"Congress has always had, and always will have, lobbyists and lobbying," says former Senate Majority Leader Robert Byrd. "We could not adequately consider our workload without them." But he also stresses the need for vigilance. "The history of this institution demonstrates the need for eternal vigilance to ensure that lobbyists do not abuse their role, that lobbying is carried on publicly with full publicity, and that the interests of all citizens are heard without giving special ear to the best organized and most lavishly funded."

To be clear, not all lobbyists represent big business, not all of them are Abramoff-style operator and not all of them toe the line between legality and criminal corruption. In fact, most lobbyists are respectable folks legitimately conveying the interests of organized groups to those whose actions and votes have an effect on the way we live in America. They may represent churches, universities, charities, senior citizens groups or environmental concerns, or they may represent Enron or the Northern Mariana Islands. Basically, a lobbyist's job is to persuade lawmakers to view an issue in their clients' interest and will urge them to vote in a way that benefits their clients, whether that means more federal research contracts for a college in a congressman's district, more affordable drug prescriptions for the elderly or bigger tax loopholes for corporations.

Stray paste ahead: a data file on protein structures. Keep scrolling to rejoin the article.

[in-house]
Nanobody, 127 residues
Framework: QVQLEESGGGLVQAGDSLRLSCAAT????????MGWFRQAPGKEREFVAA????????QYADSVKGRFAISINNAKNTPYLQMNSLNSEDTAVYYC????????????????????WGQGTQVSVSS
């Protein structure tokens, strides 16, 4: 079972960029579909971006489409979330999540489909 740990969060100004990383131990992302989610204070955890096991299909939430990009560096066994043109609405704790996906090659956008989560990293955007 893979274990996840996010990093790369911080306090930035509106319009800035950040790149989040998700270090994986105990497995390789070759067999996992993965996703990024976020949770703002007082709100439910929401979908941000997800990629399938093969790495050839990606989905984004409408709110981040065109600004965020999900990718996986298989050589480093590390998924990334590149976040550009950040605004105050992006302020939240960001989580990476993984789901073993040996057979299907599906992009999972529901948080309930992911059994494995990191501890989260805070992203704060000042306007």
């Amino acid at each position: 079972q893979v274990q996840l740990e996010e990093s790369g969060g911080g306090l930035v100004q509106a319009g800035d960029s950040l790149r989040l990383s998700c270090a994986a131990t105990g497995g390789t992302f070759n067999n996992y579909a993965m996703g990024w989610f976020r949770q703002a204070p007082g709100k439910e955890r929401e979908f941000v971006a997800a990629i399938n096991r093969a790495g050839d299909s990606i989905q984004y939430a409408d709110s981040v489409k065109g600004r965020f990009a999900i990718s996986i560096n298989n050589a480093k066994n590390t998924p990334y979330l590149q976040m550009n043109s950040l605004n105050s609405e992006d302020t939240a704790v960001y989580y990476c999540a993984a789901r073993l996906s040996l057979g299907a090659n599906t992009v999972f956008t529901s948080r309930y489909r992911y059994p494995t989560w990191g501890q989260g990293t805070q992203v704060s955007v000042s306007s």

For years, the reality has been that people must organize in order to have their voices heard in politics. From the very early days of Congress, citizens have joined together in order to lobby with greater efficacy: The representatives of shipwrights lobbied lawmakers on the effects of tariffs; merchants' lobbyists pushed for an end to the tax on molasses; federal clerks requested an increase in pay; military officers sought reimbursement for personal funds expended during the Revolution. In short, individuals with common interests banded together and selected someone to plead their case before Congress, the White House or any other body that had the power to influence the situation. And so lobbying became an efficacious and accepted form of political activity. (Read a history from lobbying from the